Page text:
I do think there’s quite a bit of difference between doing a day trip and a day tour, and that’s not to say that one is better than the other. This mostly comes down to a tour taking the burden of arranging transport – and often the activities – off your hands. I think this means you can often do more with a tour, as they’ve hopefully organised the itinerary down to a fine art. Of course the trade-off there is that you lose the independence and spontaneity that comes with doing your own day trip.
The many day tours I did during my trip to Vietnam, like to Tam Coc and My Son, included far more in one day than I ever could have hoped to do on my own. If things are time critical, then the tour is certainly a great way to go. Also, I never could have hoped to visit somewhere like Lamanai without a tour, so there’s that too.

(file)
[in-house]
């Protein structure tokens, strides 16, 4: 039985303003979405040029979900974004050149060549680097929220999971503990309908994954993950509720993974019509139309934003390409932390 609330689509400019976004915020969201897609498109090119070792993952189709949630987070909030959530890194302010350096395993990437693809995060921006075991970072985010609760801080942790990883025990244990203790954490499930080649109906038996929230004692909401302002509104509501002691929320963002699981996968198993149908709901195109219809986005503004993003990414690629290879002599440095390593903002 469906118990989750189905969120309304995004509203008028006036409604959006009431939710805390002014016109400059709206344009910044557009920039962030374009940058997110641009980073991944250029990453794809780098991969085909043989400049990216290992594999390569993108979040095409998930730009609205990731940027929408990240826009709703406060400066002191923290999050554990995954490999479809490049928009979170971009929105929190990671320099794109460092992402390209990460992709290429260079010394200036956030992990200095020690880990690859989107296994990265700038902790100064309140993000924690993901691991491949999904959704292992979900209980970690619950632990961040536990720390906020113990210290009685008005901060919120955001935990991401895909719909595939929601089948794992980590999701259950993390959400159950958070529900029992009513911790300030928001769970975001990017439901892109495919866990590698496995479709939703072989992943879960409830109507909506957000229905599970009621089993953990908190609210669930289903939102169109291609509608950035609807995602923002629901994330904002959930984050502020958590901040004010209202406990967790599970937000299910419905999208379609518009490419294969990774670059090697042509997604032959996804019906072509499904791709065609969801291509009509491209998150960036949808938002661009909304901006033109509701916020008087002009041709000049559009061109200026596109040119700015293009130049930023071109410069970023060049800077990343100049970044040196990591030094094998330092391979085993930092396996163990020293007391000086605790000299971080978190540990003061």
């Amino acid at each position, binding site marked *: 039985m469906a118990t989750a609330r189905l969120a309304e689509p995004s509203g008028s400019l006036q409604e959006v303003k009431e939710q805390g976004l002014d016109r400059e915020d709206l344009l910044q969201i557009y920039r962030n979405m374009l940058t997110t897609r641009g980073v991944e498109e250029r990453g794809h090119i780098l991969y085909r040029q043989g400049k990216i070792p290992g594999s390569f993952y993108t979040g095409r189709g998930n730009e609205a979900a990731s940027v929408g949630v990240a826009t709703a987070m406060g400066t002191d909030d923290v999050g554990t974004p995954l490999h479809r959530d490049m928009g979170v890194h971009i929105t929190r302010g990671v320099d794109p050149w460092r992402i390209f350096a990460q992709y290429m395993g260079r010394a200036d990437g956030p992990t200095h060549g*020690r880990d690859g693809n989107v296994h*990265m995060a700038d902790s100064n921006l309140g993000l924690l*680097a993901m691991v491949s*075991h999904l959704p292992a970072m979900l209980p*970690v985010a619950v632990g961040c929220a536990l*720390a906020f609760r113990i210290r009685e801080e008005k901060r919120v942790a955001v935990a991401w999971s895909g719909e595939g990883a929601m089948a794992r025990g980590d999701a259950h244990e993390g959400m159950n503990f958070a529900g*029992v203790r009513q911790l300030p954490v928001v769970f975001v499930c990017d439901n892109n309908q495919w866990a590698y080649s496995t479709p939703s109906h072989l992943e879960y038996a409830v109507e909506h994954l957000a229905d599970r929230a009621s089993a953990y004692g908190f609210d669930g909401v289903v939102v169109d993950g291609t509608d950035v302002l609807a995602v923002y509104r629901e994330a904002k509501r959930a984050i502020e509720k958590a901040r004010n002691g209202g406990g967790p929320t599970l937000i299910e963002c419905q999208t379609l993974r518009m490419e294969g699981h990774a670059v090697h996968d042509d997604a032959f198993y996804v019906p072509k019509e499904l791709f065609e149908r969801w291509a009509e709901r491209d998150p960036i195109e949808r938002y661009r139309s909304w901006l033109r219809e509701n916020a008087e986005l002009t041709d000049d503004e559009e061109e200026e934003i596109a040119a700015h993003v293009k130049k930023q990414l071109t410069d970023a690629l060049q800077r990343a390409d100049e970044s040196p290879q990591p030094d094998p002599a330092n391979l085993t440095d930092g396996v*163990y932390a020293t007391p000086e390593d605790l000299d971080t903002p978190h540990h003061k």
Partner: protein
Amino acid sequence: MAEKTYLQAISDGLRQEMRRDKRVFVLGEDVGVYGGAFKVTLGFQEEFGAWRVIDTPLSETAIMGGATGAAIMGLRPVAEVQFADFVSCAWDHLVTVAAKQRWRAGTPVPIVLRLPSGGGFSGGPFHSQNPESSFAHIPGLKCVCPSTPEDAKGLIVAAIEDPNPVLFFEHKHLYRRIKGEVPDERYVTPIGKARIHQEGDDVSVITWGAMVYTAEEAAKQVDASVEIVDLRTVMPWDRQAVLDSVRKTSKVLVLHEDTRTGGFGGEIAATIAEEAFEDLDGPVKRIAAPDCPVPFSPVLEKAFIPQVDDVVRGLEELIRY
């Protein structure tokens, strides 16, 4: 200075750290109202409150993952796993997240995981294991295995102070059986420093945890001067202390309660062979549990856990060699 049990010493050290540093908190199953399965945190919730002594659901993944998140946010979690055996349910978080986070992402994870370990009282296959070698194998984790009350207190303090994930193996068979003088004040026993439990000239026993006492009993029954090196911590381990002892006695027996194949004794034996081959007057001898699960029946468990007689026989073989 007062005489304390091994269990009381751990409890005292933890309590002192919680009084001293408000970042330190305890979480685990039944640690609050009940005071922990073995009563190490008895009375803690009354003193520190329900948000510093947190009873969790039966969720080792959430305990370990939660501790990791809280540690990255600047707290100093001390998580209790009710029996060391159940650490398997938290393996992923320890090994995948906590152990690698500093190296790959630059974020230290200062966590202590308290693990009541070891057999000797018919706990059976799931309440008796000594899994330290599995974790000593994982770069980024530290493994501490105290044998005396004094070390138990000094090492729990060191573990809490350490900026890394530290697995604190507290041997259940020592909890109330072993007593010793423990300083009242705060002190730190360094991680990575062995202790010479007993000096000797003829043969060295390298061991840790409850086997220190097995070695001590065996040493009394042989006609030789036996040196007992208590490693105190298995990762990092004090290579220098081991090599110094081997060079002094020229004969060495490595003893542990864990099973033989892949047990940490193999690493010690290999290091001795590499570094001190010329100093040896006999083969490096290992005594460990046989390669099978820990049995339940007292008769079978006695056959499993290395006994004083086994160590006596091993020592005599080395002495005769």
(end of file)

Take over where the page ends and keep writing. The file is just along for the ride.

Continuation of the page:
But they don’t suit every situation. While I’m sure there are day tours you can do from Brașov, I found that visiting places on my own meant I could see them at my own pace and at a fraction of the cost. Degree of difficulty is definitely a factor.
- Try to pick closer day trips to ensure you spend a decent amount of time at your destination.
- Question whether a place is really suited to a day trip, by identifying why you want to go there. General exploring is often far more suitable than a lengthy sightseeing list.
- Always start early and with some understanding of your transportation, for a less stressful day.
- Know when the last bus or train leaves.
- Weigh up the cost of travelling for the day trip against the cost of accommodation there. If there isn’t much difference, it may be better to stay a night or two.
- Consider whether the destination works better as an independent day trip, or as a day tour package. Both have their strengths.
- Don’t cram lots of day trips one after the other, to avoid burnout and a loss of connection with where you are staying.
What are your thoughts on day trips? Any tips or advice that you have that I’ve missed? Please share in the comments below.